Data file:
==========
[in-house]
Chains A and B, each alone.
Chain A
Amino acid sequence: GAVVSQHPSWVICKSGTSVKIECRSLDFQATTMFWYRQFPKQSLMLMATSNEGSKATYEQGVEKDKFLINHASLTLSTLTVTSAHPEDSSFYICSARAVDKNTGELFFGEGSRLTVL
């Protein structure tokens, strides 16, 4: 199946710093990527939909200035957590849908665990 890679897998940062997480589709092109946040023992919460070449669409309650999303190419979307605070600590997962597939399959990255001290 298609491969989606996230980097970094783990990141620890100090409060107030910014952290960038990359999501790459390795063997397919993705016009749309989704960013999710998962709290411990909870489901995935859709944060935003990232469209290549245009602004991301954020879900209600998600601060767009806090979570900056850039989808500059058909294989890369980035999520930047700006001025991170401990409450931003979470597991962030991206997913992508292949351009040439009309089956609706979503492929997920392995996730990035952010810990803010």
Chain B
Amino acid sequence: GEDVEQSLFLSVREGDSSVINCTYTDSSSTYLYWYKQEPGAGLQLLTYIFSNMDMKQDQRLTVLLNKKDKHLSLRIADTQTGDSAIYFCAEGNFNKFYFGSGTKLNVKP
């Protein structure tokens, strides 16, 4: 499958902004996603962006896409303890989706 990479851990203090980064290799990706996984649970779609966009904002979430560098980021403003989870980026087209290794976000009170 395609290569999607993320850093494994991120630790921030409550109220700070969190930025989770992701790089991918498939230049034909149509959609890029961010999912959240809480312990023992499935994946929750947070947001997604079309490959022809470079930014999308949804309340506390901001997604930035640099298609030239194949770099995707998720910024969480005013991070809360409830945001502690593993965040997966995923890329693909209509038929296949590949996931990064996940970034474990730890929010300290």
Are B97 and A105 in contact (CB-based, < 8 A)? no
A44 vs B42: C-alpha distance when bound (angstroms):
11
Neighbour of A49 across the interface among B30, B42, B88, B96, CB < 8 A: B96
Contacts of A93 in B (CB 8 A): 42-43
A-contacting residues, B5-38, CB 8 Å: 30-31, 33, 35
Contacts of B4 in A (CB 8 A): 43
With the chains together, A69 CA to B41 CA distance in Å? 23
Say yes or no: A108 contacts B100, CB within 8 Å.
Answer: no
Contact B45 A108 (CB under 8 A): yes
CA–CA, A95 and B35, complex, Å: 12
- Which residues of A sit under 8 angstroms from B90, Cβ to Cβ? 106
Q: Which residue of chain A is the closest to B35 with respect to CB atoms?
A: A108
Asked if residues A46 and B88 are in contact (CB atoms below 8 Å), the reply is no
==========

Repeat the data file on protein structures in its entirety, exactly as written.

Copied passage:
[in-house]
Chains A and B, each alone.
Chain A
Amino acid sequence: GAVVSQHPSWVICKSGTSVKIECRSLDFQATTMFWYRQFPKQSLMLMATSNEGSKATYEQGVEKDKFLINHASLTLSTLTVTSAHPEDSSFYICSARAVDKNTGELFFGEGSRLTVL
């Protein structure tokens, strides 16, 4: 199946710093990527939909200035957590849908665990 890679897998940062997480589709092109946040023992919460070449669409309650999303190419979307605070600590997962597939399959990255001290 298609491969989606996230980097970094783990990141620890100090409060107030910014952290960038990359999501790459390795063997397919993705016009749309989704960013999710998962709290411990909870489901995935859709944060935003990232469209290549245009602004991301954020879900209600998600601060767009806090979570900056850039989808500059058909294989890369980035999520930047700006001025991170401990409450931003979470597991962030991206997913992508292949351009040439009309089956609706979503492929997920392995996730990035952010810990803010």
Chain B
Amino acid sequence: GEDVEQSLFLSVREGDSSVINCTYTDSSSTYLYWYKQEPGAGLQLLTYIFSNMDMKQDQRLTVLLNKKDKHLSLRIADTQTGDSAIYFCAEGNFNKFYFGSGTKLNVKP
């Protein structure tokens, strides 16, 4: 499958902004996603962006896409303890989706 990479851990203090980064290799990706996984649970779609966009904002979430560098980021403003989870980026087209290794976000009170 395609290569999607993320850093494994991120630790921030409550109220700070969190930025989770992701790089991918498939230049034909149509959609890029961010999912959240809480312990023992499935994946929750947070947001997604079309490959022809470079930014999308949804309340506390901001997604930035640099298609030239194949770099995707998720910024969480005013991070809360409830945001502690593993965040997966995923890329693909209509038929296949590949996931990064996940970034474990730890929010300290």
Are B97 and A105 in contact (CB-based, < 8 A)? no
A44 vs B42: C-alpha distance when bound (angstroms):
11
Neighbour of A49 across the interface among B30, B42, B88, B96, CB < 8 A: B96
Contacts of A93 in B (CB 8 A): 42-43
A-contacting residues, B5-38, CB 8 Å: 30-31, 33, 35
Contacts of B4 in A (CB 8 A): 43
With the chains together, A69 CA to B41 CA distance in Å? 23
Say yes or no: A108 contacts B100, CB within 8 Å.
Answer: no
Contact B45 A108 (CB under 8 A): yes
CA–CA, A95 and B35, complex, Å: 12
- Which residues of A sit under 8 angstroms from B90, Cβ to Cβ? 106
Q: Which residue of chain A is the closest to B35 with respect to CB atoms?
A: A108
Asked if residues A46 and B88 are in contact (CB atoms below 8 Å), the reply is no